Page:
Pontederia cordata L.

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Common names:
pickerel weed, pickerelweed
Synonyms:
Pontederia cordata L. var. angustifolia (Pursh) Torr. & Elliott; Pontederia cordata L. var. lanceolata (Nutt.) Griseb.; Pontederia cordata L. var. lancifolia (Muhl. ex Elliott) Torr.; Pontederia lanceolata Nutt.
Description:
Growth form:
Perennial aquatic herb,
Size:
15 cm - 1.2 m tall.
Stems
of two types: rhizome-like, contracted, vegetative stems, which are submersed underwater; and erect, flowering stems, which are slightly constricted just below the first node.
Leaves
of two types: a basal rosette of stalkless, linear leaves, which are normally underwater; and emergent, stalked (up to 60 cm), lance- to heart-shaped, 6 - 22 cm long, 0.7 - 12 cm wide stem leaves with a 7 - 29 cm long stipule. The leaf stalks of the emergent leaves are distinctly constricted just below the blades. Veins of leaf blades all parallel, curved, and never with netlike veins between them.
Inflorescence
a long-stalked, elongate spike (2 - 15 cm long) of fifty to several hundred, stalkless flowers. The inflorescence stalk is glandular-hairy or long, silky-hairy, and the upper part of the stalk has a 5 - 17 cm long bract folded around it.
Flowers
numerous, stalkless, mauve, 4 - 12 mm long, 1 - 1.6 cm wide, bilaterally symmetric, two-lipped, but generally funnel-shaped with spreading lobes. The flowers are only open for one day.
Tepals
six, but fused into a 3 - 9 mm long tube, then separating into 5 - 8 mm long, inversely lance-shaped, pointy-tipped lobes, which together appear as an upper three-lobed lip, and a lower three-lobed lip. The tepals are covered with glandular or long, silky hairs, and while all tepals are mauve, the upper, central lobe has a distinctive, two-lobed, yellow spot.
Stamens
six, but of two lengths: the upper three short (1.5 - 6.3 mm long), and the lower three longer (0.7 - 1.3 cm long). Filaments purple, and glandular-hairy. Anthers yellow, and egg-shaped to oblong.
Pistil
with one, three-chambered, superior ovary; and one, three-lobed style.
Fruit
a spike of numerous, single-seeded, single-chambered, egg-shaped, 4 - 6 mm long, 2 - 3 mm wide, bladder-like units (utricles), which have longitudinal, toothed ridges.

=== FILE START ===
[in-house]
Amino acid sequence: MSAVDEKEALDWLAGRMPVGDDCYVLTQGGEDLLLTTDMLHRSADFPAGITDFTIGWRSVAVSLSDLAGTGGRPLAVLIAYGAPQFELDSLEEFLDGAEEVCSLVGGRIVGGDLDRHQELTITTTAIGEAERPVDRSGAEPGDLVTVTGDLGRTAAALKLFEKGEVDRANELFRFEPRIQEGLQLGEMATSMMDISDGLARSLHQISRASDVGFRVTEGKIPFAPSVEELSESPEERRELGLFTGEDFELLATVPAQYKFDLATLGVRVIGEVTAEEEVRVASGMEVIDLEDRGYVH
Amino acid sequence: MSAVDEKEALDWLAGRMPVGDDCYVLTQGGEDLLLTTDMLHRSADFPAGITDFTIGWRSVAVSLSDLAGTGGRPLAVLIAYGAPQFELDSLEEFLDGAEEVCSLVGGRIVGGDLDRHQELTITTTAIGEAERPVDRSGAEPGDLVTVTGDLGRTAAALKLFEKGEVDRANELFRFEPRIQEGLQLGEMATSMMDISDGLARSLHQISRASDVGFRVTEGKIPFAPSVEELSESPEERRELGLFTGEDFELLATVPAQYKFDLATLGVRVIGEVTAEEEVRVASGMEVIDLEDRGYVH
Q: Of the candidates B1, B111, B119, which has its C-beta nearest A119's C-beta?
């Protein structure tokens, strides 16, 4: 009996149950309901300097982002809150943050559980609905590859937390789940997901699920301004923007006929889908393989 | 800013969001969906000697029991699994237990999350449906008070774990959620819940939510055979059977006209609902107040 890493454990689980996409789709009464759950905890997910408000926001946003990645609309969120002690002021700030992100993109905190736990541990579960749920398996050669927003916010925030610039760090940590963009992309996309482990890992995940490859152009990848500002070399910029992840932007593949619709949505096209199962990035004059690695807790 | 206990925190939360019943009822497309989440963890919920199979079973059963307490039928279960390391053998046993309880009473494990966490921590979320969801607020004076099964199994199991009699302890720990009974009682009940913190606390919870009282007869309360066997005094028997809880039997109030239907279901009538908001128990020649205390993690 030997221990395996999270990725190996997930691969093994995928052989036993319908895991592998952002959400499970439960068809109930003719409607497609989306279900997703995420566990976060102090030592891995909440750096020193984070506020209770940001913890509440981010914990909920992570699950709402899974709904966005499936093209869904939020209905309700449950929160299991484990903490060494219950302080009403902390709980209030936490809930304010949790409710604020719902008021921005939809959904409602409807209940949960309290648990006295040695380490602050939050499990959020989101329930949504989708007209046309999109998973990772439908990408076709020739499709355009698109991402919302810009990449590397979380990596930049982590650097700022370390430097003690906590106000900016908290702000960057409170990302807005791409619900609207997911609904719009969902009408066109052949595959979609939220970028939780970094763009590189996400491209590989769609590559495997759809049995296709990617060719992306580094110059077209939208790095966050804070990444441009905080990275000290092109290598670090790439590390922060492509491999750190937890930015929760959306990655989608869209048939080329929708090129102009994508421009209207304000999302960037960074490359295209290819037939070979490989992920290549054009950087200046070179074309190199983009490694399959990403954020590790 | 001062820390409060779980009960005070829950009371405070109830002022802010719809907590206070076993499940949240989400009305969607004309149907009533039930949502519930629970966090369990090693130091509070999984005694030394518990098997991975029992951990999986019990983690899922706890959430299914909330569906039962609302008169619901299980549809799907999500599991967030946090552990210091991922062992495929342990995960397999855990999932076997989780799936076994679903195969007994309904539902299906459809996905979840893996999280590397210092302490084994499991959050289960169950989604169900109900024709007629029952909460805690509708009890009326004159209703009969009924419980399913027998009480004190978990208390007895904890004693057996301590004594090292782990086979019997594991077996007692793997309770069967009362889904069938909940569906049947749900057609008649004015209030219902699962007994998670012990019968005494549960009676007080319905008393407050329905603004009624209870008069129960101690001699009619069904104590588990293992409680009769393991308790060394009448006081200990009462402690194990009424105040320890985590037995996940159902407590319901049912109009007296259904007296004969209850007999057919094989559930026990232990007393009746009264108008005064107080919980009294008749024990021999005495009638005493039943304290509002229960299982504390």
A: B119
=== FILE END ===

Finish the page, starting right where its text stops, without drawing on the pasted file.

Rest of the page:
Help:
Plant Glossary
Similar species:
If only the leaves of Pontederia cordata are present, it could possibly be mistaken with some other common aquatic herbs such as Alisma triviale, A. subcordatum, Echinodorus berteroi, or even Sagittaria rigida and S. graminea, but all the leaves of those species have netlike veins running between the major lengthwise parallel veins. Once flowers are present, those species are rather unlike P. cordata because they have stalked flowers, many have branched inflorescences, and all have three obvious and separate sepals, three petals, and at least six pistils that form small or large fruiting heads of achenes. Another broad-leaved aquatic plant that is more closely related to P. cordata (in the same family) is the aggressive invasive Eichhornia crassipes, or water hyacinth. This species has been reported in the Chicago Region a few times, but it cannot survive through the winters. It differs from P. cordata by having more rounded and very leathery leaf blades, very inflated and almost bladder-like leaf stalks, larger flowers (over 2 cm wide), and capsules for fruit.
Flowering:
June to September
Habitat and ecology:
Somewhat rare, close to shores and in shallow water of lakes and slow-moving streams, also in shallow open water of bogs.
Regional occurrence:
native
Notes:
This is the only species of Pontederia in North America, and it extends south into Mexico, Central America, and South America. There can be much variation in leaf shape within populations and even on single plants.
Etymology:
Pontederia cordata
vPlants
name code: POCO14 ; page author: The Field Museum ; page date: 2010-03-15
Further information (external links):
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References:
Horn, C. N. 2002. Pontederia. In Magnoliophyta: Liliidae: Liliales and Orchidales. Vol. 26 of Flora of North America north of Mexico. ed. Flora of North America Editorial Committee, 45 - 46. New York: Oxford University Press.

Information provided on this page applies to the Chicago Region and may not be relevant or complete for other regions.

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